California water officials on Tuesday approved a $500 fine to be imposed on water wasters and other measure to improve water conservation during the drought.
Here are some answers to questions about Tuesday's action:
So how is California doing in terms of water conservation?
Californians in general have fallen far short of meeting Gov. Jerry Brown’s January call for a 20% cut in water use. Updated results of a state board survey show that statewide, urban water use in May increased 1% compared to the May average of the previous three years. That rise was mostly driven by an 8% jump in coastal Southern California. In most other hydrologic regions, May use declined. The biggest drop was in the Sacramento River area, where it fell 13%.
So what are the new rules?
Saying that it was time to increase conservation in the midst of one of the worst droughts in decades, the State Water Resources Control Board adopted drought regulations that give local agencies the authority to fine those who waste water up to $500 a day. Many Southern California cities, including Los Angeles, Santa Barbara and Long Beach, already have mandatory restrictions in place.
How will I be affected?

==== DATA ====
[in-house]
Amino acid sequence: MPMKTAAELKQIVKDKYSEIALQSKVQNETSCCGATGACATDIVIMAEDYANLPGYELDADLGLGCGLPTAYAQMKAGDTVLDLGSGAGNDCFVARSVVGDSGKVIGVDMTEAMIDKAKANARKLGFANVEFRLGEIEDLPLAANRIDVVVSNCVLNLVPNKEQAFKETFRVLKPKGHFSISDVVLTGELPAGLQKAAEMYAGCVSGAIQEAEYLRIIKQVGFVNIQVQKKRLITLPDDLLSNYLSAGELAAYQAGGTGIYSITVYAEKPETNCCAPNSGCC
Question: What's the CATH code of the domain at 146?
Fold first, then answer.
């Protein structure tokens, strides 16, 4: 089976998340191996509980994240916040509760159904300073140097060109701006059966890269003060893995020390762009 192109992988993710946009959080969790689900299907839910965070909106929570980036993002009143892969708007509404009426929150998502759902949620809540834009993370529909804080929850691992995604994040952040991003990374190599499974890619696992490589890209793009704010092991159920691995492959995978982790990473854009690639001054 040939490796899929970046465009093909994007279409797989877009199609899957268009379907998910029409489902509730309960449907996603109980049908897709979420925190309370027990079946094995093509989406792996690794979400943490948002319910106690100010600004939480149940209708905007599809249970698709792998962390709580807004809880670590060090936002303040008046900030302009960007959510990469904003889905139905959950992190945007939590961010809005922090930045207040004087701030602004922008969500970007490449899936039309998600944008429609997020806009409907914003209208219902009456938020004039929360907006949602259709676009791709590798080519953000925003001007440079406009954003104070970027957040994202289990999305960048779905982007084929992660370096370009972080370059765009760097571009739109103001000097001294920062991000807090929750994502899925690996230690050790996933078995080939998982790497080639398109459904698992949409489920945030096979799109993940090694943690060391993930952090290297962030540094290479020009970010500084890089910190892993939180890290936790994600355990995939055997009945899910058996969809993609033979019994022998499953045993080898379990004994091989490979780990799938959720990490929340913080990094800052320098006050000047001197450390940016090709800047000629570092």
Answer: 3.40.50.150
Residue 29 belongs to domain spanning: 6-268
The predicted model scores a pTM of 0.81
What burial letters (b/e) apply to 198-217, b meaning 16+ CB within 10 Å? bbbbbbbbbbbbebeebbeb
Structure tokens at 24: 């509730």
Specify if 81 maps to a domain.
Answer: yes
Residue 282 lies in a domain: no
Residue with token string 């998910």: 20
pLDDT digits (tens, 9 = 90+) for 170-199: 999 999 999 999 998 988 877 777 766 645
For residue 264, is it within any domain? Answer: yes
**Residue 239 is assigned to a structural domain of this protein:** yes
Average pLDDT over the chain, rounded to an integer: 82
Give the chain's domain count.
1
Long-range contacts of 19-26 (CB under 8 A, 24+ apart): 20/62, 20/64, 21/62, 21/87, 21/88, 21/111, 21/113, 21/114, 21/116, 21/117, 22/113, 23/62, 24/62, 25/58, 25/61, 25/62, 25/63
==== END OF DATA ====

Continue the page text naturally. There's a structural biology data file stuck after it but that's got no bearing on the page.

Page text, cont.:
The emergency rules, expected to take effect Aug. 1, don’t order cities to slash water use by a certain amount. Rather they direct agencies to — at a minimum — ban wasteful practices such as allowing runoff from outdoor sprinklers, hosing down driveways and sidewalks and using drinking water in ornamental fountains that don’t recirculate.
“It’s not going to be a huge change from what we already have,” said Kevin Pearson, media relations officer of the Eastern Municipal Water District, which has voluntary measures in place for the 768,000 people it serves in western Riverside County.
What is going on in Los Angeles?
Los Angeles, which since 2009 has limited outdoor watering to three days a week, is stepping up enforcement of its conservation ordinance and also recently boosted its cash-for-grass rebate to $3 a square foot. The watering limits would be primarily enforced by local government and water districts, which are expected to issue warnings and fines that escalate with repeat offenses.Copyright © 2014, Los Angeles Times